Above: The Musée d'Orsay by the Seine River.
Below: Pictures 1 and 2 are views of the museum from the rear of the building.
Picture 3, "Les nymphes, la foret et la mer", by Francis Auburtin.
Picture 4, "Herculaneum, 23rd of August, 79 A.D.", by Hector Leroux, about the Vesuvius eruption that engulfed the town of Herculaneum, very near Pompeii.
Picture 5, "A Woman and her Dog", by Gustave Courbet.
Picture 6, "Les Almées", by Paul Bouchard.
Picture 7, "The Romans and the Decadance", by Thomas Couture.
Picture 8, "The Birth of Venus", by Alexandre Cabanel.
Picture 9, no it is not "Bite Me". It is "Dante And Virgil In Hell", by William-Adolphe Bouguereau. This was not well received by the public, so Bouguereau began to
create finely crafted and classical paintings for which he is best known, which sold well, made him a rich man, and a powerful controller of the French Salon, the annual
art show that could make or break an artist. Because of him, Cabanel and others who controlled the Salon. The French Government created the Salon des Refusés in 1863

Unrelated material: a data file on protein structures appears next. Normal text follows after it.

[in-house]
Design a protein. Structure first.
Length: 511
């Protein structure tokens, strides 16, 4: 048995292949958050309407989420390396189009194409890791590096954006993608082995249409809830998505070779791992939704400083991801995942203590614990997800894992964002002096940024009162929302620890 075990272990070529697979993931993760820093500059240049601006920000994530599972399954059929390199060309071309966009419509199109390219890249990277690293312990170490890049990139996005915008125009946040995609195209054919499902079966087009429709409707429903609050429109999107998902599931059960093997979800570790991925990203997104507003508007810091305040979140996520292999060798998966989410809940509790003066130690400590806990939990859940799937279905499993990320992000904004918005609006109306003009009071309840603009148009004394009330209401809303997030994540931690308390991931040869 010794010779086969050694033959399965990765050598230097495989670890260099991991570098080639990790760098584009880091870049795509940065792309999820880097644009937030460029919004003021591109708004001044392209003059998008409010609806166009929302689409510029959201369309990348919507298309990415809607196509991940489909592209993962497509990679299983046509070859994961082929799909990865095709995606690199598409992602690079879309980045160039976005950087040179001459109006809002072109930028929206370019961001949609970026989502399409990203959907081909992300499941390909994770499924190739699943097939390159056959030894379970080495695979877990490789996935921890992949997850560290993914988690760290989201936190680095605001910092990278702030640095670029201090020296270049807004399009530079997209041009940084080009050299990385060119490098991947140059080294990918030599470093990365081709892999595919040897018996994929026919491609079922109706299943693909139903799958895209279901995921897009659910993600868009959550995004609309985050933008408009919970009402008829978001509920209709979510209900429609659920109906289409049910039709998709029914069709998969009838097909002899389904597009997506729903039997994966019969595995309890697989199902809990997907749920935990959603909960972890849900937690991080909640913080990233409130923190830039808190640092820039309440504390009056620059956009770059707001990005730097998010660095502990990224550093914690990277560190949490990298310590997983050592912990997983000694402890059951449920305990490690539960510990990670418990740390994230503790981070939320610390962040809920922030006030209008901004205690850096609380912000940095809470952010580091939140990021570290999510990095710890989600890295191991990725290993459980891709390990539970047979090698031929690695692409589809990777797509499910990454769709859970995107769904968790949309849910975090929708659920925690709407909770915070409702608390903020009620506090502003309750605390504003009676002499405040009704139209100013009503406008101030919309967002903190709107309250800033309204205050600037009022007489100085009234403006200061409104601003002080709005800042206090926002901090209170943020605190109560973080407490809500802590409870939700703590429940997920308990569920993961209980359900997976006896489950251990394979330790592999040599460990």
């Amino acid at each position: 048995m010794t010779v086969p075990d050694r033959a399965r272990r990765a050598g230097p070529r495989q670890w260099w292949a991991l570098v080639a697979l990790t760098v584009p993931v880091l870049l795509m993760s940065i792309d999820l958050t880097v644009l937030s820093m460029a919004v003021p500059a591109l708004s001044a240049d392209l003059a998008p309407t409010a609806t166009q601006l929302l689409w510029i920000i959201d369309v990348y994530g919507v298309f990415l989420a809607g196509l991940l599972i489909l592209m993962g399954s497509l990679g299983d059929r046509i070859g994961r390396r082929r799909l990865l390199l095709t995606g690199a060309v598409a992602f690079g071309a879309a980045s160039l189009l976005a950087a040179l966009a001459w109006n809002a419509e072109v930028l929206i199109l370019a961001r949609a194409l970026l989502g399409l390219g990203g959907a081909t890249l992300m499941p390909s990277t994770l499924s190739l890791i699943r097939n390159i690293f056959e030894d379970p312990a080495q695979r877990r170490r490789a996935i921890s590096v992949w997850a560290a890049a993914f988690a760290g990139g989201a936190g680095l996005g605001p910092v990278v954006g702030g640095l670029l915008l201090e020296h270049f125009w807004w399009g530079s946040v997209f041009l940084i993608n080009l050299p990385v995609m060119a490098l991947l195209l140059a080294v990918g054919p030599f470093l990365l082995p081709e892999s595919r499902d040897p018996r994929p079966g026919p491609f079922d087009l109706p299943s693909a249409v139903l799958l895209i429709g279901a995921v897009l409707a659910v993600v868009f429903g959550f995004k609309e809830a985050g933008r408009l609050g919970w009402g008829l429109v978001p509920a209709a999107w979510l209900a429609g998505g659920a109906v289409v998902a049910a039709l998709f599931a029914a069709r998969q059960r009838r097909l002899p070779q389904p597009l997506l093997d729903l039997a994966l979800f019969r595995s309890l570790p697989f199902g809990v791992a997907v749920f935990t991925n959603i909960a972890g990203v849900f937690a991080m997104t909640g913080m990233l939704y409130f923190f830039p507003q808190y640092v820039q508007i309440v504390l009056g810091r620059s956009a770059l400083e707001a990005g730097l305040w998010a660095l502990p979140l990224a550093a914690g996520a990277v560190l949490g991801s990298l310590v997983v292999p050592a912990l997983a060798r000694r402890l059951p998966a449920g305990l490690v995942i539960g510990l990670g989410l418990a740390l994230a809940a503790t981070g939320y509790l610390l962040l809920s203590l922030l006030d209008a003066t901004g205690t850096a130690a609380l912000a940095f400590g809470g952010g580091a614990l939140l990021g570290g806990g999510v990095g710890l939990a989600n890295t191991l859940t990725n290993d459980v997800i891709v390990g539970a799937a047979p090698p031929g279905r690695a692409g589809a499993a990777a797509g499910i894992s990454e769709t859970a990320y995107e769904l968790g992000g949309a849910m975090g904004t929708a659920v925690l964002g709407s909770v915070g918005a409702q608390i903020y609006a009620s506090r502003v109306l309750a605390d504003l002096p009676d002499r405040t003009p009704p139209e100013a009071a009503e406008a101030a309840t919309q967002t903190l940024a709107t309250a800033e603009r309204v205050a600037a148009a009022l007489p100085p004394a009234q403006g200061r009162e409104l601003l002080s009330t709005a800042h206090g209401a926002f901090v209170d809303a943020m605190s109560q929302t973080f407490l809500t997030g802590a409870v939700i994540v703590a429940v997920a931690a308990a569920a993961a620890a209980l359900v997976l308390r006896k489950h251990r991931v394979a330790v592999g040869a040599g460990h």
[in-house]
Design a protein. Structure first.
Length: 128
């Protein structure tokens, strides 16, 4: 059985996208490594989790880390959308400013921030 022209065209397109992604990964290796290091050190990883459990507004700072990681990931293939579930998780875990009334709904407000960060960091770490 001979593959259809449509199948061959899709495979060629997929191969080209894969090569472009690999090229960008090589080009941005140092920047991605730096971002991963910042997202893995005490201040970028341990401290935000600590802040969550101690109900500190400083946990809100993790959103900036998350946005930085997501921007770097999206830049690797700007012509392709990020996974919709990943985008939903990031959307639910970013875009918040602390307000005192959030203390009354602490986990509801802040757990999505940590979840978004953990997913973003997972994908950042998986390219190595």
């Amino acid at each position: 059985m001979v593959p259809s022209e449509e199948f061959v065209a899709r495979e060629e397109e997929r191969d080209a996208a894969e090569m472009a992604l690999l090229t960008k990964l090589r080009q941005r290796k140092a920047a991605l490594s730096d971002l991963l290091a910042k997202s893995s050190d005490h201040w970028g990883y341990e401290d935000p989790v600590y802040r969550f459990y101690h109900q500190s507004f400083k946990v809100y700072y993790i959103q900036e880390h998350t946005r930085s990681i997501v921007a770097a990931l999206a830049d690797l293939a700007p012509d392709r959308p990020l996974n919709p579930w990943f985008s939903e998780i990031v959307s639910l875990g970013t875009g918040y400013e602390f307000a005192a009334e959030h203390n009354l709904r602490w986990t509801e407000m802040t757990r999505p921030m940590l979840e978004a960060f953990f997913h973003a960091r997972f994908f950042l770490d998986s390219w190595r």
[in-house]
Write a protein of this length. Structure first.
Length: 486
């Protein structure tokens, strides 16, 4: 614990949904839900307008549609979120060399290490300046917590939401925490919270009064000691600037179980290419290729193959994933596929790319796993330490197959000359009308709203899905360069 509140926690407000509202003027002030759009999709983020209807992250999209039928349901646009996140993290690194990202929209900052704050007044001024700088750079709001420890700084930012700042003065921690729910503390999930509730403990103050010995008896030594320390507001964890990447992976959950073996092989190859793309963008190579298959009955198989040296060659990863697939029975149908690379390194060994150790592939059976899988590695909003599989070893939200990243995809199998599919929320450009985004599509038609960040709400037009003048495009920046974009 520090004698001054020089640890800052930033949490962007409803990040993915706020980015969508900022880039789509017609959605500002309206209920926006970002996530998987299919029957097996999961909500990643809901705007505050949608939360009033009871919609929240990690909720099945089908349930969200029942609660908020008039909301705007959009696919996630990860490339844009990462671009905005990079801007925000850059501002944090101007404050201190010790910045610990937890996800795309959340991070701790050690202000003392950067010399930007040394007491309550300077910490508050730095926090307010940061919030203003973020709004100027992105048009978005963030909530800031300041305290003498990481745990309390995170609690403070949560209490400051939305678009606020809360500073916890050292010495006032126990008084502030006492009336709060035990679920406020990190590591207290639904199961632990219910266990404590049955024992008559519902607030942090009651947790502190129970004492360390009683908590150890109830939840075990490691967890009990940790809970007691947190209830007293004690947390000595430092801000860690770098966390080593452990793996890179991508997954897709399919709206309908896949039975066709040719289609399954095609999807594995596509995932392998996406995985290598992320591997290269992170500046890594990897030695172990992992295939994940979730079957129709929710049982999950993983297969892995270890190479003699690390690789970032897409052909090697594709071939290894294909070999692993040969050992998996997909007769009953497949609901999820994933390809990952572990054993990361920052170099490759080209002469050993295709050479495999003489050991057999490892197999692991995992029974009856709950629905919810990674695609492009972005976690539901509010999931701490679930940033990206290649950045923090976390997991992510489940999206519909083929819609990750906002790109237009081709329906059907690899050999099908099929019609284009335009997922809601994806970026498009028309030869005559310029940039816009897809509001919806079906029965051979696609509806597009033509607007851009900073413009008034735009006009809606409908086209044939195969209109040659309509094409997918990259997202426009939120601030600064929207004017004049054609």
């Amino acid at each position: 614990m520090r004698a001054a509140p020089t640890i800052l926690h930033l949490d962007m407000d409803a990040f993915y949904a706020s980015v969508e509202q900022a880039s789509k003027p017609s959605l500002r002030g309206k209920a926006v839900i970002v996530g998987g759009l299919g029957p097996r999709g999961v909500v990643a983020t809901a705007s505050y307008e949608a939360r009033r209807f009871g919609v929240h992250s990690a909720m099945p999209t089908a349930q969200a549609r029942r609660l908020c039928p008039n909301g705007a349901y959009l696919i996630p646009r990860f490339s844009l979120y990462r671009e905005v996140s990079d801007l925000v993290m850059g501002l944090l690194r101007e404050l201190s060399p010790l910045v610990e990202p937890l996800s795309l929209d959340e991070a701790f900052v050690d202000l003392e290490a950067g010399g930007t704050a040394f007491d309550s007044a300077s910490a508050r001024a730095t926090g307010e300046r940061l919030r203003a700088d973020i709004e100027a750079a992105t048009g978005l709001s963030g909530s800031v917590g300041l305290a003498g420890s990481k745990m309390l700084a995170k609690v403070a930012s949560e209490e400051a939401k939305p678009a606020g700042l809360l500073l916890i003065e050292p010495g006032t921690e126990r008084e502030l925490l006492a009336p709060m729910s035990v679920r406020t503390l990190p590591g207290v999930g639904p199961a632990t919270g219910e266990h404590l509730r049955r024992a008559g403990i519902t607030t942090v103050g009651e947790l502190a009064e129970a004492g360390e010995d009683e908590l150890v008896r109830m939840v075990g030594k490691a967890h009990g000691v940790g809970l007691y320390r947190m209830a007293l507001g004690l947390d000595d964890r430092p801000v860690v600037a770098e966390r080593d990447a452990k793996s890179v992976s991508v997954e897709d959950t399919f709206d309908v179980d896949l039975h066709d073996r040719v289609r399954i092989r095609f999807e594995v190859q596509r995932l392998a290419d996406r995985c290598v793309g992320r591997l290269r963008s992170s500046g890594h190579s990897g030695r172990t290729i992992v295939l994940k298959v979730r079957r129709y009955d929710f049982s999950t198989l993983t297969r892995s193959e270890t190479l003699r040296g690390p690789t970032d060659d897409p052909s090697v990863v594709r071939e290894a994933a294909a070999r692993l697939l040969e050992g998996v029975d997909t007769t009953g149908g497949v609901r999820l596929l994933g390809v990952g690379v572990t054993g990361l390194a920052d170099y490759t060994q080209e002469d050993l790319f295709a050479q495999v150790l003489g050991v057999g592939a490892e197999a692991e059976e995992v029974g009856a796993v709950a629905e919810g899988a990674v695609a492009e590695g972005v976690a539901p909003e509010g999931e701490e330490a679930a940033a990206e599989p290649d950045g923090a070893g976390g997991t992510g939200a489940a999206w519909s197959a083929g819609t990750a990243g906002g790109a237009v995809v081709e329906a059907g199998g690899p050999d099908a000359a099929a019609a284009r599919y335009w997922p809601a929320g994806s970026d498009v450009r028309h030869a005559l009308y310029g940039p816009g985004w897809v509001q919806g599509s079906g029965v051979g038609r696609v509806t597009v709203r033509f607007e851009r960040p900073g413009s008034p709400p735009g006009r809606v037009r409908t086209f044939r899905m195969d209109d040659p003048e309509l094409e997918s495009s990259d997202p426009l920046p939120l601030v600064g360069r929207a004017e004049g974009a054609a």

for works the Salon refused to display because the works did not conform to classical norms. Think Manet, Monet and Renoir, whose work rarely got accepted by the Salon.
Picture 10, "Olympia", by Édouard Manet, which caused scandal, not because the painting wasn't good, or similar to past classical work, but because
the lady was not a mythological, biblical or historical figure, but because she was evidently a modern woman, actually a Paris prositute.
Picture 11, "The Gleaners", by Jean-François Millet.
Picture 12, "The Angelus", by Jean-François Millet. The hard-working peasants bow in a field over a basket of food to say a prayer,
the Angelus, that together with the ringing of the bell from the church on the horizon marks the end of a day's work.
Pictures 13, "l'hommage à Delacroix", by Henri Fantin-Latour, when like minded artists and writers felt French painter did not receive proper recognition when he died.